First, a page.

Living inside the capital beltway, you meet all kinds of people that have jobs that just don’t have any equivalency anywhere else: Like the lady I talked to last week who provides advice on safety issues associated with the modernisation program for the nation’s nuclear weapons stockpile. I mentioned to her a recent GAO report about how the Navy is using risk management to support its strategic basing decisions for aircraft carriers, and I said it was welcome news to see the federal government starting to use risk management strategically. So we started talking about risk management for her program, and I asked her what the primary KPI, key performance indicator, was for nuclear weapons modernisation. She said it was the number of incidents. Right then I knew we were going to have a disagreement on risk management.
You see, she was approaching risk management from a safety and security standpoint. That’s not helpful strategically, since if number of incidents is the KPI, then the most effective way to achieve that KPI is to stop modernisation. I suggested to her that the real KPI would be something that represented the time it took to achieve some milestone in modernisation — it could be the time until the first new warhead was produced, or the time until the old stockpile was retired, or something in between that reflected the time to value of modernisation. She was aghast that I of all people, a retired nuclear submariner, would not put safety or security first!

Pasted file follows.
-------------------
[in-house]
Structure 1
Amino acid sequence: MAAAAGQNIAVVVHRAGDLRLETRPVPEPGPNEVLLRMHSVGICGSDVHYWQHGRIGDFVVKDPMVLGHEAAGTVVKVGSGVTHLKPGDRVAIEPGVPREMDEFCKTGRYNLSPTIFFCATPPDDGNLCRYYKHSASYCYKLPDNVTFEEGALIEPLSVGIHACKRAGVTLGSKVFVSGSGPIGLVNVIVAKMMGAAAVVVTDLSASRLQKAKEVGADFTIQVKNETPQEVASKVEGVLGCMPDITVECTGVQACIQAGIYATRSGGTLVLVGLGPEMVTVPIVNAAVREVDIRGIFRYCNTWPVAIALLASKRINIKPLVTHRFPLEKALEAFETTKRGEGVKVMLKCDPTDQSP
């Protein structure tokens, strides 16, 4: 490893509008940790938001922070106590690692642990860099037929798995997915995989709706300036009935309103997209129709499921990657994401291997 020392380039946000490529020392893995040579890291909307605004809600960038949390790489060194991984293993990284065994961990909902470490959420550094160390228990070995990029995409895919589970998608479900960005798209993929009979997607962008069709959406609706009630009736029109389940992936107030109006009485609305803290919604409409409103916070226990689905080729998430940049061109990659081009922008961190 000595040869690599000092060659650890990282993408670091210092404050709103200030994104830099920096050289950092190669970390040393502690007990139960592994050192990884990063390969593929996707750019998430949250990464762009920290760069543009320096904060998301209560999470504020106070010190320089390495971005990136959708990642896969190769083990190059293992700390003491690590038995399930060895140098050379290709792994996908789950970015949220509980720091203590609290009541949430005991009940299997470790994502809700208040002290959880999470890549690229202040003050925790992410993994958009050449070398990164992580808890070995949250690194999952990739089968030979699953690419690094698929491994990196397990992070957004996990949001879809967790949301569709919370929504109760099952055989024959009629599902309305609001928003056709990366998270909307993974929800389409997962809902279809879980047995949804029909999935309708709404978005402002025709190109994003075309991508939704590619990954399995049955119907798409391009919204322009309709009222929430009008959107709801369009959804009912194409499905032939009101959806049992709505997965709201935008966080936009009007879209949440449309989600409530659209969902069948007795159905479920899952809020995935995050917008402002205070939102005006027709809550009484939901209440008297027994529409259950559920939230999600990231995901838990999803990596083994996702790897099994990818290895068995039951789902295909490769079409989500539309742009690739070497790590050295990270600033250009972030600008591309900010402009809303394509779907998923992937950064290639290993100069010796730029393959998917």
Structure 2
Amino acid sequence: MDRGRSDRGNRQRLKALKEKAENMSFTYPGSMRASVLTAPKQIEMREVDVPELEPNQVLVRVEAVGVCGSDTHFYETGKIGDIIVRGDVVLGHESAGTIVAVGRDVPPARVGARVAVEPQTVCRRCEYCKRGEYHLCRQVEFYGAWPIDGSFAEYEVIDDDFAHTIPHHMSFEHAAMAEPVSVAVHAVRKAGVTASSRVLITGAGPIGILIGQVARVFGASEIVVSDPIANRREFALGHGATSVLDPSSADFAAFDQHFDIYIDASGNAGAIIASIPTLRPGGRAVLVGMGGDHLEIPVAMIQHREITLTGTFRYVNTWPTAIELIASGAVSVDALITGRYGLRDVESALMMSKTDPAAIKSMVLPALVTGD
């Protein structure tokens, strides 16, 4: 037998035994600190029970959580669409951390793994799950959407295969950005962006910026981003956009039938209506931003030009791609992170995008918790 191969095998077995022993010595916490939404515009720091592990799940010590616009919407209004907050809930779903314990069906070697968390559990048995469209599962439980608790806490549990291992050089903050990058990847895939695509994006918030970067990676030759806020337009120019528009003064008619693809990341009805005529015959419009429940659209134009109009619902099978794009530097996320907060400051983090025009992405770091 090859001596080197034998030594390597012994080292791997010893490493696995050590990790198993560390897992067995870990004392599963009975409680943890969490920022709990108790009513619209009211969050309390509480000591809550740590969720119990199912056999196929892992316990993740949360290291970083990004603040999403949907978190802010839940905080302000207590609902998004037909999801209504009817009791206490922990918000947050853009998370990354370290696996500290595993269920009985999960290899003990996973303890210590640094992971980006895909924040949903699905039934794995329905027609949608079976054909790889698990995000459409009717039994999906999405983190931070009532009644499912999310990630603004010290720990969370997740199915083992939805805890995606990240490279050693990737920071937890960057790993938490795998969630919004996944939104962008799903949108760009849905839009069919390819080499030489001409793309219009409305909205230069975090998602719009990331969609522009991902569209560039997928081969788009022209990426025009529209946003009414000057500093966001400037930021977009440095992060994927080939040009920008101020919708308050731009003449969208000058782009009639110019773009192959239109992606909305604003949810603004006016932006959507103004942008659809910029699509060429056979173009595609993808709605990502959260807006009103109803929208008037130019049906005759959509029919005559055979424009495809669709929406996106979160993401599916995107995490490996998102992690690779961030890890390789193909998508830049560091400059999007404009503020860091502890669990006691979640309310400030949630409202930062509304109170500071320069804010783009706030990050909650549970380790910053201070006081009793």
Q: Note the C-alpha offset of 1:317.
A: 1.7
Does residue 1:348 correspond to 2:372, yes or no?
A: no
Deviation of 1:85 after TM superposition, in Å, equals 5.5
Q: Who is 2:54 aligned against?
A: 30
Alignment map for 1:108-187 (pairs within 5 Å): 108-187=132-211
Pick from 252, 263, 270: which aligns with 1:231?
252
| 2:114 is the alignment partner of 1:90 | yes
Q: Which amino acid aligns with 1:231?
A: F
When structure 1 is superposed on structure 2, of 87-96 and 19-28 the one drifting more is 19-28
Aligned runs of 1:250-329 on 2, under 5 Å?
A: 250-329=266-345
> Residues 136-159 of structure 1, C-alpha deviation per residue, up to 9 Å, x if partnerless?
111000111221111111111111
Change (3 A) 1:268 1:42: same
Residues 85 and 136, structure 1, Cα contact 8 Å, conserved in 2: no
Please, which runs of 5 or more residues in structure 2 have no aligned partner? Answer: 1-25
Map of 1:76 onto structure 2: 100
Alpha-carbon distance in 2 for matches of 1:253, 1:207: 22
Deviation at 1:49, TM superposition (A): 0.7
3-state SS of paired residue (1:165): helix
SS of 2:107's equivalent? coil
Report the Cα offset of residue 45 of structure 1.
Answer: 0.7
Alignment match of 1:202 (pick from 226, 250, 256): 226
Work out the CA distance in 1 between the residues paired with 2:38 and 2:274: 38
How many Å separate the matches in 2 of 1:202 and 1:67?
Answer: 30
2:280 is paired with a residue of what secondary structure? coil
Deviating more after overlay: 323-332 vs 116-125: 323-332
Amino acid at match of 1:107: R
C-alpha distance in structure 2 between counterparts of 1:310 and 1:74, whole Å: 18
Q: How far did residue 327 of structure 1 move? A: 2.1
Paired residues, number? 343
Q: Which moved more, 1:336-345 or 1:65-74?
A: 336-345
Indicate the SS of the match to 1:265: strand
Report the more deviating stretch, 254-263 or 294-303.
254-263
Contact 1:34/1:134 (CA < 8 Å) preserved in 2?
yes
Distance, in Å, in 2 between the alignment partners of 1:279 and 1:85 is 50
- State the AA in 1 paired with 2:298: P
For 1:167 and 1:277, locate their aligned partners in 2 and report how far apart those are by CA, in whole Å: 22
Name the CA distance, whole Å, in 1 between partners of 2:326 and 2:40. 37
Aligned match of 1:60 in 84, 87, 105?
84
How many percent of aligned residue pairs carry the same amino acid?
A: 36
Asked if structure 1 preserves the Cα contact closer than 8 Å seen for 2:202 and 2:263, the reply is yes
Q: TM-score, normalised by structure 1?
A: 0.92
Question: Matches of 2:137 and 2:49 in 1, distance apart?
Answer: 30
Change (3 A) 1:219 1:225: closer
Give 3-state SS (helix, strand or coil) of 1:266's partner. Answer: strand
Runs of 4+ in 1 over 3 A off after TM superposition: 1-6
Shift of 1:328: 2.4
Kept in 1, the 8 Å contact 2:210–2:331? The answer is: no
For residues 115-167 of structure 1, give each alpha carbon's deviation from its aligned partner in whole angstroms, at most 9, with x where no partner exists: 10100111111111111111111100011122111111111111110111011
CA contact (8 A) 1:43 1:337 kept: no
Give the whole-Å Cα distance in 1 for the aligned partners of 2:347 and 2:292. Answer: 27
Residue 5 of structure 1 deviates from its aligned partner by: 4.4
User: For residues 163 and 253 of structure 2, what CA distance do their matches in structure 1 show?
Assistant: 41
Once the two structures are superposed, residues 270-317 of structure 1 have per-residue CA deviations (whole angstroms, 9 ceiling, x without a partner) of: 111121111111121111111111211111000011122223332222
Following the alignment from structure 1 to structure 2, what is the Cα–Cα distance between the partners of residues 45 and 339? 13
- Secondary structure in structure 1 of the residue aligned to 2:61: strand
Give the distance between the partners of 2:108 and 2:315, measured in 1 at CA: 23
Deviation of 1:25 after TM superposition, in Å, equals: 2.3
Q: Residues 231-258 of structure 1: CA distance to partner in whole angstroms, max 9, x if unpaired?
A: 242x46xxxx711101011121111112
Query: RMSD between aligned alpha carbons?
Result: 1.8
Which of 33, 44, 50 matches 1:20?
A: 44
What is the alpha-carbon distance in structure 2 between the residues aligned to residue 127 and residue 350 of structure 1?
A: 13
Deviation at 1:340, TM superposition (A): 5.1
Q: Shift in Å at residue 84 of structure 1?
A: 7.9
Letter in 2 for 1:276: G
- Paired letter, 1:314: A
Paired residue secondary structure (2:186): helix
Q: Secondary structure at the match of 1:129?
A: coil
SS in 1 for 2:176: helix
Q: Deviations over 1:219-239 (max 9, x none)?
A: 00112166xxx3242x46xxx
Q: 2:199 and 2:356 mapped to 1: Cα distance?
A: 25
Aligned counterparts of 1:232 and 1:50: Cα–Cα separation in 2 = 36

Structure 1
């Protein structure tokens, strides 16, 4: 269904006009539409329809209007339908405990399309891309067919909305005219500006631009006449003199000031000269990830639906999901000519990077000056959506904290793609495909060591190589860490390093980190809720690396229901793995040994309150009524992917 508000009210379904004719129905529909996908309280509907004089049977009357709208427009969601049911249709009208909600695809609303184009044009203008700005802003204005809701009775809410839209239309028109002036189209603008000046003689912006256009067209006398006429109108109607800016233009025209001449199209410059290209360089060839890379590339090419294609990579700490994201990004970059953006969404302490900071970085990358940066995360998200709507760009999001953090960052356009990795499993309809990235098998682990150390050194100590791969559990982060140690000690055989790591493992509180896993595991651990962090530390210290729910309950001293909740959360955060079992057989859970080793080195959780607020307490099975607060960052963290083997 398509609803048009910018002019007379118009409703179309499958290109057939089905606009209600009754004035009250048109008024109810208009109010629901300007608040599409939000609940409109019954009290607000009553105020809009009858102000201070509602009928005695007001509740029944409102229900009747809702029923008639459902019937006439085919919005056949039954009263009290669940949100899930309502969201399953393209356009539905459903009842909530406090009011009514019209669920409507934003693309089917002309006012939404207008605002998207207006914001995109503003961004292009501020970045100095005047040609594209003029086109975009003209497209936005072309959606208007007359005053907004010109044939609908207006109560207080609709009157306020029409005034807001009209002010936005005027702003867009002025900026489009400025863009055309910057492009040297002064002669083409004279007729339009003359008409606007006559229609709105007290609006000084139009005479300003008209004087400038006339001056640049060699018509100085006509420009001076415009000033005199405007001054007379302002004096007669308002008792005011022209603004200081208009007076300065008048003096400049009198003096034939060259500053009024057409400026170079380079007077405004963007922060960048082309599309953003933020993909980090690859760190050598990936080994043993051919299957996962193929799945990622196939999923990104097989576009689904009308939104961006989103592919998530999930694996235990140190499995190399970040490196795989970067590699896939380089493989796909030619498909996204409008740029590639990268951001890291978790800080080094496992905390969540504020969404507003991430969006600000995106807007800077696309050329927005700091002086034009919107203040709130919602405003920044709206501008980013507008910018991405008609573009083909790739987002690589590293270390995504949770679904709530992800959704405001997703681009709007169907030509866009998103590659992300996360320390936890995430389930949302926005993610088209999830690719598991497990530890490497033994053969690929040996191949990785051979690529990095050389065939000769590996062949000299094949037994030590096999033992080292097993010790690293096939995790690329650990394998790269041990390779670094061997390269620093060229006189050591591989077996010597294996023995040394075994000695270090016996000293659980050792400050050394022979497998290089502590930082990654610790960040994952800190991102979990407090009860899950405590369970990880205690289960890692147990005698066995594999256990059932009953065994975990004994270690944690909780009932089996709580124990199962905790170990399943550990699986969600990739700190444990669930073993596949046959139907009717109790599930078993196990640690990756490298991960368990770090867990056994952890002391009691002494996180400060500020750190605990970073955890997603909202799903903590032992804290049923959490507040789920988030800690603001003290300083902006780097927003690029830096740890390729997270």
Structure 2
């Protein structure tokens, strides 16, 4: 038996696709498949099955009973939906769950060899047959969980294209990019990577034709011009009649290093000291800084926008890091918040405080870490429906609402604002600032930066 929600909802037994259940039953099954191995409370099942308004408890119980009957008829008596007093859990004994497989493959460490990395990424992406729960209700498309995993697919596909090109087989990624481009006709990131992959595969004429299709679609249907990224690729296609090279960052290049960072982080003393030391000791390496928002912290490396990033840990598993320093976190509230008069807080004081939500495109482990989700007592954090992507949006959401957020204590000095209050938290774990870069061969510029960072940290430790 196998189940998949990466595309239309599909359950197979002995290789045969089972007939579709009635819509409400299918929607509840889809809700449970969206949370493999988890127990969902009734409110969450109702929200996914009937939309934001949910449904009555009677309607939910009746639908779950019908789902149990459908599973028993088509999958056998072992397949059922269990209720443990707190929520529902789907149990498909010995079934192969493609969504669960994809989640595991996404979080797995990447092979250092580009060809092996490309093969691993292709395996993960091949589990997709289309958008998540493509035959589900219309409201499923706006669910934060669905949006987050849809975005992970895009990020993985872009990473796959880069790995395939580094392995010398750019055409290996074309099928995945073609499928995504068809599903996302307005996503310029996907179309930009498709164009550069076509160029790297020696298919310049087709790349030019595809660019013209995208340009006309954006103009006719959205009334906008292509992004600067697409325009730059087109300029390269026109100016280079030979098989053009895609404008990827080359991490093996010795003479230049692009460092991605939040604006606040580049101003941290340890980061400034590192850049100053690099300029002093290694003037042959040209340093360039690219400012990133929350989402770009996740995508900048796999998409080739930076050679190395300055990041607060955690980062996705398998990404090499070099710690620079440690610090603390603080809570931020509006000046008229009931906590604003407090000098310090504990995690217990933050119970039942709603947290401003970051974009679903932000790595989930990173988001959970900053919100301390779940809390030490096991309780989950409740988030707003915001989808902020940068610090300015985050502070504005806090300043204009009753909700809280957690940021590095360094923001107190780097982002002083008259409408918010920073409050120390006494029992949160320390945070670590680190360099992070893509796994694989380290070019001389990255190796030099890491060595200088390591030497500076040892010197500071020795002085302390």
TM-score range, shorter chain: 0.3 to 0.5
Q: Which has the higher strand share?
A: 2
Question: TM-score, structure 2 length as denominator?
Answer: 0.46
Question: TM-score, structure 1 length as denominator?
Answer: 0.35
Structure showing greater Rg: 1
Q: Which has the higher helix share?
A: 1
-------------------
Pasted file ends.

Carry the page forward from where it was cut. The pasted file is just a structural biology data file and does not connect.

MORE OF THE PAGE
But — here’s the problem — if safety and security are first, then your business goals are secondary and potentially will never be reached. So I explained that her suggested KPI was really a KRI, key risk indicator. As illustrated in the Gartner Business Risk Model, to determine an acceptable risk threshold it needs to be compared to the key performance indicator. What over the thirty year period of modernisation are the number and severity of incidents that can be effectively managed — what’s the acceptable risk index? As a nuclear weapons professional in my past life, I can tell you it is not zero.
It’s really tough for safety and security professionals to think this way — zero tolerance is a much cleaner concept. Anything short of zero tolerance implies that the safety and security people are not on the ball. But by not addressing the real risks, and the analysis of those risks on performance, it’s impossible to determine what are the most significant risks to monitor. And thus a zero tolerance mentality increases uncertainty in the achievement of business objectives, rather than decreasing them — in other words, zero tolerance sets you up for a major incident.
The author is a Vice President and Gartner Fellow in Gartner Research.
For more blogs by French Caldwell, log on to http://blogs.gartner.com/
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Updated Date: Nov 16, 2012 13:28:30 IST